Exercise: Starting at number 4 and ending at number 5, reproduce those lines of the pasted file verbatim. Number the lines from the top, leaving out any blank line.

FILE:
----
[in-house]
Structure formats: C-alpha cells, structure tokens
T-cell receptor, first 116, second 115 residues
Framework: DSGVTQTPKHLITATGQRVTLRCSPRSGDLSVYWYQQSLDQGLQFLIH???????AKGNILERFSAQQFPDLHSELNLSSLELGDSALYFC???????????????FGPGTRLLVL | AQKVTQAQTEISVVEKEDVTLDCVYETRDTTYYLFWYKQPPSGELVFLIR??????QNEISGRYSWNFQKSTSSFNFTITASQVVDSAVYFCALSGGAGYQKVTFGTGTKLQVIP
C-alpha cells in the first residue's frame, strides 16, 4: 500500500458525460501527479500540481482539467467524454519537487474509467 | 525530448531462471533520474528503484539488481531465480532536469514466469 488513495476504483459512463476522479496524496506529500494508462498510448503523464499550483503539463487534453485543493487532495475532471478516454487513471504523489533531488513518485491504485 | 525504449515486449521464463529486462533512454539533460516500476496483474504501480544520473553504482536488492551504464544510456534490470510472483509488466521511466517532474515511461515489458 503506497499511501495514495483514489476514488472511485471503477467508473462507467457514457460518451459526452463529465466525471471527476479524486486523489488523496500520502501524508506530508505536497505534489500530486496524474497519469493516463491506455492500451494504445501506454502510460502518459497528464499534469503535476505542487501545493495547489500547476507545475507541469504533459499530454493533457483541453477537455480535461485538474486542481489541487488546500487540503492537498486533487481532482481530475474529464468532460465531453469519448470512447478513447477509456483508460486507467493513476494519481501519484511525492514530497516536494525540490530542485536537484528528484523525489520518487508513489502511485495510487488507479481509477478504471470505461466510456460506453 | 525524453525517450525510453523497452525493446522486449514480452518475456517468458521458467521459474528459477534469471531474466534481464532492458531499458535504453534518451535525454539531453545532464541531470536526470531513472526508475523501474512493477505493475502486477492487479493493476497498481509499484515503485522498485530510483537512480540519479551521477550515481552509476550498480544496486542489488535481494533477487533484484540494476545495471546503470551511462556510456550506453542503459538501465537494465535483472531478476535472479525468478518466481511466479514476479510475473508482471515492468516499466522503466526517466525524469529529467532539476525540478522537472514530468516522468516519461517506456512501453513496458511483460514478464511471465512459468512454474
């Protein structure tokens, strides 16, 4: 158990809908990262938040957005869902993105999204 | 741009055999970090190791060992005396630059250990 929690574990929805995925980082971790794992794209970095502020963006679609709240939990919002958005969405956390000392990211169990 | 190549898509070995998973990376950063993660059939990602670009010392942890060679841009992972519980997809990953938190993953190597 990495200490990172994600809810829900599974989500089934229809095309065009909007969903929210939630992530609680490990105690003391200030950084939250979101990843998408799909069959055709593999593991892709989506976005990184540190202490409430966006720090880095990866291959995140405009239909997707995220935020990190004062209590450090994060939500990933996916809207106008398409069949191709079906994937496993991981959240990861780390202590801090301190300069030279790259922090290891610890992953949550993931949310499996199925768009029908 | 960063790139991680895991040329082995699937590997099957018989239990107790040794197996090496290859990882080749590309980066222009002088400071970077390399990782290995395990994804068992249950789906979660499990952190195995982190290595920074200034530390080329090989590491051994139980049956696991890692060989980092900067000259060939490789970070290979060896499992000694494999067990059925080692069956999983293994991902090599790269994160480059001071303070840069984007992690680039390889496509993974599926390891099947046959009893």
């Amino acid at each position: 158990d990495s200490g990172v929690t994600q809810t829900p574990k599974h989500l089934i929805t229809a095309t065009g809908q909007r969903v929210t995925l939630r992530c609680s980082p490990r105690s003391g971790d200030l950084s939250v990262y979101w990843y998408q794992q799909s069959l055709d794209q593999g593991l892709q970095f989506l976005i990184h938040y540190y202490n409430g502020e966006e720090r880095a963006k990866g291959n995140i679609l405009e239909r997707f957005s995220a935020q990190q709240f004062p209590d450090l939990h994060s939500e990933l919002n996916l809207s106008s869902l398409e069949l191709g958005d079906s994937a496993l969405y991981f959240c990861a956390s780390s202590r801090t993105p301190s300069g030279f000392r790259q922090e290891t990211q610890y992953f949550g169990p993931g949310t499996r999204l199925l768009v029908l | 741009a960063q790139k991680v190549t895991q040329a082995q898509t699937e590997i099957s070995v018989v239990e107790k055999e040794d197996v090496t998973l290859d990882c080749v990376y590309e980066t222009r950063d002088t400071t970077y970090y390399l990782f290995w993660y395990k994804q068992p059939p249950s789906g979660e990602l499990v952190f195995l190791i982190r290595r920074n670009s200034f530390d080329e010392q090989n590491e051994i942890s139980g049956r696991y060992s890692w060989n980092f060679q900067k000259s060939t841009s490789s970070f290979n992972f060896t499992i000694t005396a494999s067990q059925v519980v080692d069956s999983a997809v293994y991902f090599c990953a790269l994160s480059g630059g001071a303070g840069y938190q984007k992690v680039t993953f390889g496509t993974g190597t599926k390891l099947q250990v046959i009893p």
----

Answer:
Framework: DSGVTQTPKHLITATGQRVTLRCSPRSGDLSVYWYQQSLDQGLQFLIH???????AKGNILERFSAQQFPDLHSELNLSSLELGDSALYFC???????????????FGPGTRLLVL | AQKVTQAQTEISVVEKEDVTLDCVYETRDTTYYLFWYKQPPSGELVFLIR??????QNEISGRYSWNFQKSTSSFNFTITASQVVDSAVYFCALSGGAGYQKVTFGTGTKLQVIP
C-alpha cells in the first residue's frame, strides 16, 4: 500500500458525460501527479500540481482539467467524454519537487474509467 | 525530448531462471533520474528503484539488481531465480532536469514466469 488513495476504483459512463476522479496524496506529500494508462498510448503523464499550483503539463487534453485543493487532495475532471478516454487513471504523489533531488513518485491504485 | 525504449515486449521464463529486462533512454539533460516500476496483474504501480544520473553504482536488492551504464544510456534490470510472483509488466521511466517532474515511461515489458 503506497499511501495514495483514489476514488472511485471503477467508473462507467457514457460518451459526452463529465466525471471527476479524486486523489488523496500520502501524508506530508505536497505534489500530486496524474497519469493516463491506455492500451494504445501506454502510460502518459497528464499534469503535476505542487501545493495547489500547476507545475507541469504533459499530454493533457483541453477537455480535461485538474486542481489541487488546500487540503492537498486533487481532482481530475474529464468532460465531453469519448470512447478513447477509456483508460486507467493513476494519481501519484511525492514530497516536494525540490530542485536537484528528484523525489520518487508513489502511485495510487488507479481509477478504471470505461466510456460506453 | 525524453525517450525510453523497452525493446522486449514480452518475456517468458521458467521459474528459477534469471531474466534481464532492458531499458535504453534518451535525454539531453545532464541531470536526470531513472526508475523501474512493477505493475502486477492487479493493476497498481509499484515503485522498485530510483537512480540519479551521477550515481552509476550498480544496486542489488535481494533477487533484484540494476545495471546503470551511462556510456550506453542503459538501465537494465535483472531478476535472479525468478518466481511466479514476479510475473508482471515492468516499466522503466526517466525524469529529467532539476525540478522537472514530468516522468516519461517506456512501453513496458511483460514478464511471465512459468512454474